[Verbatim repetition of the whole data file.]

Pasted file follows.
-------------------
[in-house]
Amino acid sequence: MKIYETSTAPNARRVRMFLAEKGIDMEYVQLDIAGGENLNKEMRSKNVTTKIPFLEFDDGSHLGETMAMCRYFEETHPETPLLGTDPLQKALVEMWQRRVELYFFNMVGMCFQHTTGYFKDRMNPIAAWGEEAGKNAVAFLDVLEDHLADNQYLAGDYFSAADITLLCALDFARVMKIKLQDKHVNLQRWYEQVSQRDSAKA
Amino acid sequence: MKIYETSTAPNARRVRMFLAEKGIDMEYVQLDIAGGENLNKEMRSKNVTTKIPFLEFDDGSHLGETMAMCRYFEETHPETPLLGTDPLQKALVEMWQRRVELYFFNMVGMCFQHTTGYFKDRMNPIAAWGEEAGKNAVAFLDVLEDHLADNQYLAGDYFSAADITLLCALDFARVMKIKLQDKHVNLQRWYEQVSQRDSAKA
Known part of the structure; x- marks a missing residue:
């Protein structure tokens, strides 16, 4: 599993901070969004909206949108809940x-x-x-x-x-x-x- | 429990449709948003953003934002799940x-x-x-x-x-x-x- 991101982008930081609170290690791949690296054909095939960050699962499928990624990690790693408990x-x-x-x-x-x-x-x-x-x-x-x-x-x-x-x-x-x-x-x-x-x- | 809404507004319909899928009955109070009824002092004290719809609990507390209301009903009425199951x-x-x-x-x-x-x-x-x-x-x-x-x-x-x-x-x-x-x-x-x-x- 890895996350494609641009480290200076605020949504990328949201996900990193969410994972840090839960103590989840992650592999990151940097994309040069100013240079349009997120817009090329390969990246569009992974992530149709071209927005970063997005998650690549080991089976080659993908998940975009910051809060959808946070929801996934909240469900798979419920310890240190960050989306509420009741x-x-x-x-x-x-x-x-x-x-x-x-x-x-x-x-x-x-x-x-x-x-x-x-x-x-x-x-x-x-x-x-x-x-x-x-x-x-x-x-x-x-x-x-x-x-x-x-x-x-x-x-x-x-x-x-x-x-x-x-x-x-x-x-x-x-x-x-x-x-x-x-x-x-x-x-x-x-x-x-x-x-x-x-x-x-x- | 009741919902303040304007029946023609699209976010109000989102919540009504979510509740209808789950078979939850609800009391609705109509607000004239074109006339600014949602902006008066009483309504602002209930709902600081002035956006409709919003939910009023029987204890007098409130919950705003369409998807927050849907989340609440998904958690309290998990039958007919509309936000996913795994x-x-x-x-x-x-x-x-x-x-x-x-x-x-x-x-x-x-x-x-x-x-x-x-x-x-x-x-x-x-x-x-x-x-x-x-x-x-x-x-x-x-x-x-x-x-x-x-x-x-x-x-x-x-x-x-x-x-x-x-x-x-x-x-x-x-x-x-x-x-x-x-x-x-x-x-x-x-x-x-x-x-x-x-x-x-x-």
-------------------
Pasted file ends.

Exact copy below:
[in-house]
Amino acid sequence: MKIYETSTAPNARRVRMFLAEKGIDMEYVQLDIAGGENLNKEMRSKNVTTKIPFLEFDDGSHLGETMAMCRYFEETHPETPLLGTDPLQKALVEMWQRRVELYFFNMVGMCFQHTTGYFKDRMNPIAAWGEEAGKNAVAFLDVLEDHLADNQYLAGDYFSAADITLLCALDFARVMKIKLQDKHVNLQRWYEQVSQRDSAKA
Amino acid sequence: MKIYETSTAPNARRVRMFLAEKGIDMEYVQLDIAGGENLNKEMRSKNVTTKIPFLEFDDGSHLGETMAMCRYFEETHPETPLLGTDPLQKALVEMWQRRVELYFFNMVGMCFQHTTGYFKDRMNPIAAWGEEAGKNAVAFLDVLEDHLADNQYLAGDYFSAADITLLCALDFARVMKIKLQDKHVNLQRWYEQVSQRDSAKA
Known part of the structure; x- marks a missing residue:
């Protein structure tokens, strides 16, 4: 599993901070969004909206949108809940x-x-x-x-x-x-x- | 429990449709948003953003934002799940x-x-x-x-x-x-x- 991101982008930081609170290690791949690296054909095939960050699962499928990624990690790693408990x-x-x-x-x-x-x-x-x-x-x-x-x-x-x-x-x-x-x-x-x-x- | 809404507004319909899928009955109070009824002092004290719809609990507390209301009903009425199951x-x-x-x-x-x-x-x-x-x-x-x-x-x-x-x-x-x-x-x-x-x- 890895996350494609641009480290200076605020949504990328949201996900990193969410994972840090839960103590989840992650592999990151940097994309040069100013240079349009997120817009090329390969990246569009992974992530149709071209927005970063997005998650690549080991089976080659993908998940975009910051809060959808946070929801996934909240469900798979419920310890240190960050989306509420009741x-x-x-x-x-x-x-x-x-x-x-x-x-x-x-x-x-x-x-x-x-x-x-x-x-x-x-x-x-x-x-x-x-x-x-x-x-x-x-x-x-x-x-x-x-x-x-x-x-x-x-x-x-x-x-x-x-x-x-x-x-x-x-x-x-x-x-x-x-x-x-x-x-x-x-x-x-x-x-x-x-x-x-x-x-x-x- | 009741919902303040304007029946023609699209976010109000989102919540009504979510509740209808789950078979939850609800009391609705109509607000004239074109006339600014949602902006008066009483309504602002209930709902600081002035956006409709919003939910009023029987204890007098409130919950705003369409998807927050849907989340609440998904958690309290998990039958007919509309936000996913795994x-x-x-x-x-x-x-x-x-x-x-x-x-x-x-x-x-x-x-x-x-x-x-x-x-x-x-x-x-x-x-x-x-x-x-x-x-x-x-x-x-x-x-x-x-x-x-x-x-x-x-x-x-x-x-x-x-x-x-x-x-x-x-x-x-x-x-x-x-x-x-x-x-x-x-x-x-x-x-x-x-x-x-x-x-x-x-």